The problems of containment and the promise of planning

Raymond J. Burby, Arthur C. Nelson, Thomas W. Sanchez

Research output: Chapter in Book/Report/Conference proceedingChapter

9 Scopus citations


When the expansion of cities is constrained either by natural barriers, such as New Orleans, or by policy efforts to limit urban sprawl, development pressures in hazardous areas can markedly increase. As floodplains, steep slopes, earthquake fault zones, and other hazardous locations are converted to urban uses, the locality's vulnerability to hazard events increases as does the potential for serious losses of lives and property in natural disasters. The devastation of New Orleans from Hurricane Katrina is an extreme example of the phenomenon. But this threat can be neutralized if hazards are recognized in advance of exposure and appropriate counter-measures are adopted. The difficulty is that in the absence of state planning and hazard mitigation requirements, many localities ignore hazards in planning for and regulating urban development, as shown most recently by Steinberg and Burby (2002). New Orleans and Miami, Florida, provide excellent examples to evaluate the effects of adequate planning and preparation for cities in hazardous areas. New Orleans provides an example of what can occur in a city with severe constraints on buildable land and a lack of adequate public concern for hazards or urban development planning. In contrast, decisions made by policy makers in the State of Florida and by the Miami-Dade County Government illustrate how concern for hazard avoidance and resource protection can lead to policies that sharply limit development in flood-prone areas. To see if lessons revealed by these two cases could be replicated nationwide, we examine natural disasters and associated property damages in samples of metropolitan counties with varying degrees of containment brought about by policy decisions or natural conditions and with varying degrees of planning. And our findings are extremely telling. Metropolitan counties with either natural or policy containment experienced higher property losses in disasters when states left planning and development decisions wholly to local government discretion. Where states intervened and demanded that localities plan and manage development with hazard mitigation in mind, property losses are strikingly lower. These findings are significant for several reasons. Urban containment programs are proliferating throughout the United States as governments attempt to counter various adverse effects of urban sprawl (Nelson and Dawkins 2004). Yet with the exception of our earlier work on containment and hazards (Burby et al. 2001), planning literature makes virtually no mention of the potential for containment programs to foster unsafe development patterns. In fact, a recent paper published by the Brookings Institution (Pendall et al. 2002) enumerates a number of issues related to containment that the authors believe require the attention of planning scholars, but they make no mention of the potential for larger losses in disasters. This is a serious oversight. Natural hazards on average result in economic losses of approximately $26 billion per year in the United States (Mileti 1999), and, rather than decreasing, losses are increasing as urban development continues unabated in areas at risk (Cohn et al. 2001; Cutter 2001; Mileti 1999). Beginning with a description of urban containment programs and noting their increasing use in urban areas of the United States, this essay then explains the rationale for our hypotheses that containment, either by natural features or by sprawl-busting public policy, may accelerate development in hazardous areas and why state planning mandates may provide an antidote to this peril. This is followed by a discussion of the methods we employed to test these propositions and their limitations. The research findings follow in two stages. An examination of the experience of New Orleans shows that as the growth of the city came face to face with natural constraints, it chose to allow development in its very hazardous backswamps. The result, obviously, was quite poor. We contrast this with the growth of Miami and Dade County, where policy makers in the 1970s decided to limit the expansion of the city into low-lying hazardous areas by enacting an urban growth boundary. Following these case studies, we examine the magnitude of property losses in natural disasters in U.S. counties that have various degrees of natural containment and that have and have not adopted urban containment policies. This essay concludes with a discussion of the implications of our findings for state and local efforts to manage urban growth, and for federal disaster policy.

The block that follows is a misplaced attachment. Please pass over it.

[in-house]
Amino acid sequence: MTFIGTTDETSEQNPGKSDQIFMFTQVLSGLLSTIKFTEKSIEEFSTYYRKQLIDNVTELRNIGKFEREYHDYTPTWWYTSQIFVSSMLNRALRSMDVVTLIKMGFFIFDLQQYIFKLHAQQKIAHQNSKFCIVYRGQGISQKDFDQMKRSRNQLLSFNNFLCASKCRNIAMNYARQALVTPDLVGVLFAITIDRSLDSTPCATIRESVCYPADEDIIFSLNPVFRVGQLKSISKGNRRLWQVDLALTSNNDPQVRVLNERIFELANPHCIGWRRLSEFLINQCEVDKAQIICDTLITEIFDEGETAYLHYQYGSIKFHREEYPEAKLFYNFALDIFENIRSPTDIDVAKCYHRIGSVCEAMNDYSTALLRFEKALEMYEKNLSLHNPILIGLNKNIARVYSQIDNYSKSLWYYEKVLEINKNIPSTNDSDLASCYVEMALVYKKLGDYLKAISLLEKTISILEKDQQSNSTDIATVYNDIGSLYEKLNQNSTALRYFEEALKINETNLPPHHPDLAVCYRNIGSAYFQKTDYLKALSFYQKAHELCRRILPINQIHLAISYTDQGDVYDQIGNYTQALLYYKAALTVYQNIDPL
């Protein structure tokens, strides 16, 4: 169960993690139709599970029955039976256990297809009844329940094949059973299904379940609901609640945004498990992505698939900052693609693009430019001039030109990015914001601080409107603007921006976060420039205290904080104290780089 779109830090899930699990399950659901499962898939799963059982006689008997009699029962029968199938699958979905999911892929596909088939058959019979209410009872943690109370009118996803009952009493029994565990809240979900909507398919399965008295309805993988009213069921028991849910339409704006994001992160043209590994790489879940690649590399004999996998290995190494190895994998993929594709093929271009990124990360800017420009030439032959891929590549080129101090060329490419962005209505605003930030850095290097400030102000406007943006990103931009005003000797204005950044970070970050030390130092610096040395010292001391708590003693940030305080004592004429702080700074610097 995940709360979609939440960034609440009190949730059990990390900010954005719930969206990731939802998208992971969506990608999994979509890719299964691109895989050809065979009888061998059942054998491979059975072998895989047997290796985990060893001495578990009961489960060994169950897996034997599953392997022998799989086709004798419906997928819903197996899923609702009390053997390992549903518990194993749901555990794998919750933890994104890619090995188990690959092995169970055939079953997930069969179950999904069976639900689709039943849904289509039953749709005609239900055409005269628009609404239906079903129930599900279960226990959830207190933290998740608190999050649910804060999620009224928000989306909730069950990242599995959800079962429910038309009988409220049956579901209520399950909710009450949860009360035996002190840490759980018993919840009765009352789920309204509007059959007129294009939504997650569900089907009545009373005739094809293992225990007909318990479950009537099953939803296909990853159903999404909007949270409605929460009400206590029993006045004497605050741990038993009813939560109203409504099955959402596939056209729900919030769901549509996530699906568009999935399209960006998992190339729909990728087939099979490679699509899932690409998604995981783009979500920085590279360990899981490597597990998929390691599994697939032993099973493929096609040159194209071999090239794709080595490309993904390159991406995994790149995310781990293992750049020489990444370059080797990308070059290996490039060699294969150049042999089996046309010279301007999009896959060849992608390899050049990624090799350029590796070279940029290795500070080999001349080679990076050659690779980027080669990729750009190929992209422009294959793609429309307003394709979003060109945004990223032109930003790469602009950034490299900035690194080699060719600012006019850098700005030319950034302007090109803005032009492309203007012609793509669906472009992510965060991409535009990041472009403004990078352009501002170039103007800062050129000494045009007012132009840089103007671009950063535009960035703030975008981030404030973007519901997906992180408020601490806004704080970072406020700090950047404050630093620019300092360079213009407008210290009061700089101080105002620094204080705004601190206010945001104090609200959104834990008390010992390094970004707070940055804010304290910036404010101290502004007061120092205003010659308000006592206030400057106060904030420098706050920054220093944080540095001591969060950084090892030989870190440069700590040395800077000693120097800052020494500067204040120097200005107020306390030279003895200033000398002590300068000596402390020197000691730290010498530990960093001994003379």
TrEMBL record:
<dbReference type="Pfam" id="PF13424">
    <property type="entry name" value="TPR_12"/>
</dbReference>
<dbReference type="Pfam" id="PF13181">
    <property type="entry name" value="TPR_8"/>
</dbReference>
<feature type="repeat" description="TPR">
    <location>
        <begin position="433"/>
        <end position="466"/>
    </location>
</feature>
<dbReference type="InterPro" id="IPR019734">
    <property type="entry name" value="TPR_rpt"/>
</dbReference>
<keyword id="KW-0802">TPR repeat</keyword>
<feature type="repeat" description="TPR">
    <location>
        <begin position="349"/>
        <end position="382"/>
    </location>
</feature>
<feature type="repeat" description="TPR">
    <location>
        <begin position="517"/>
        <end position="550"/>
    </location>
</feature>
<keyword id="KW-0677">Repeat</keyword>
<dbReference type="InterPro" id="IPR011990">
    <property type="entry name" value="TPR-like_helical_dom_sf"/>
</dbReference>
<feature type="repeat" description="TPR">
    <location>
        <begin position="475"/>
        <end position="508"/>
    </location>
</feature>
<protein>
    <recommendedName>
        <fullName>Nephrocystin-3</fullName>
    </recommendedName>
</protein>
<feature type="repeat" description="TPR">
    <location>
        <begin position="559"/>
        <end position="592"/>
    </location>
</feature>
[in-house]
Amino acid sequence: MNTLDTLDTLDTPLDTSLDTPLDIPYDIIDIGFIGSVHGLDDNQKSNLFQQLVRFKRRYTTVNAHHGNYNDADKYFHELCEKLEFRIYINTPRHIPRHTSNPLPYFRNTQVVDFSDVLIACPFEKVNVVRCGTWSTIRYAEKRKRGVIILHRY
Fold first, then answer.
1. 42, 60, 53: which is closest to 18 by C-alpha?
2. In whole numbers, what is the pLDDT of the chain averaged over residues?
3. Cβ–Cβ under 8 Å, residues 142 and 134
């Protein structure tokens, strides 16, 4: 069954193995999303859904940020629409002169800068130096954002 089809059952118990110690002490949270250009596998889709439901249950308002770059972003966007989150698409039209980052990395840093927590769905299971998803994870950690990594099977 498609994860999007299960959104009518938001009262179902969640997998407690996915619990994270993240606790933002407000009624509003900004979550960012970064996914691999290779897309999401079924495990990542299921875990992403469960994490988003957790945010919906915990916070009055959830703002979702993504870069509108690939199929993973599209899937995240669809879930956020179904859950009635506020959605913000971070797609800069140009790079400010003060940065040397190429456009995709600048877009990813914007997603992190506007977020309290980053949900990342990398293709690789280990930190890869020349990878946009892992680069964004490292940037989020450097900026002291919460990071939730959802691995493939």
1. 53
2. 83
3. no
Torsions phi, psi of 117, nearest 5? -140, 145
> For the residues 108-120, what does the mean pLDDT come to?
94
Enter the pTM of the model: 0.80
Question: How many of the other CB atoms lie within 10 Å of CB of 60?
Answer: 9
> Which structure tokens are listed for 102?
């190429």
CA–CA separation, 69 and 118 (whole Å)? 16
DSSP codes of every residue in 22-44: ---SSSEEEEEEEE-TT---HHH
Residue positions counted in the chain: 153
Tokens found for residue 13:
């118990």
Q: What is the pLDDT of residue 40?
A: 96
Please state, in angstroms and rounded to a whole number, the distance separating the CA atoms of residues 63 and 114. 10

Original languageEnglish (US)
Title of host publicationRebuilding Urban Places After Disaster
Subtitle of host publicationLessons from Hurricane Katrina
PublisherUniversity of Pennsylvania Press
Number of pages19
ISBN (Print)0812219805, 9780812219807
StatePublished - 2006

ASJC Scopus subject areas

  • General Social Sciences


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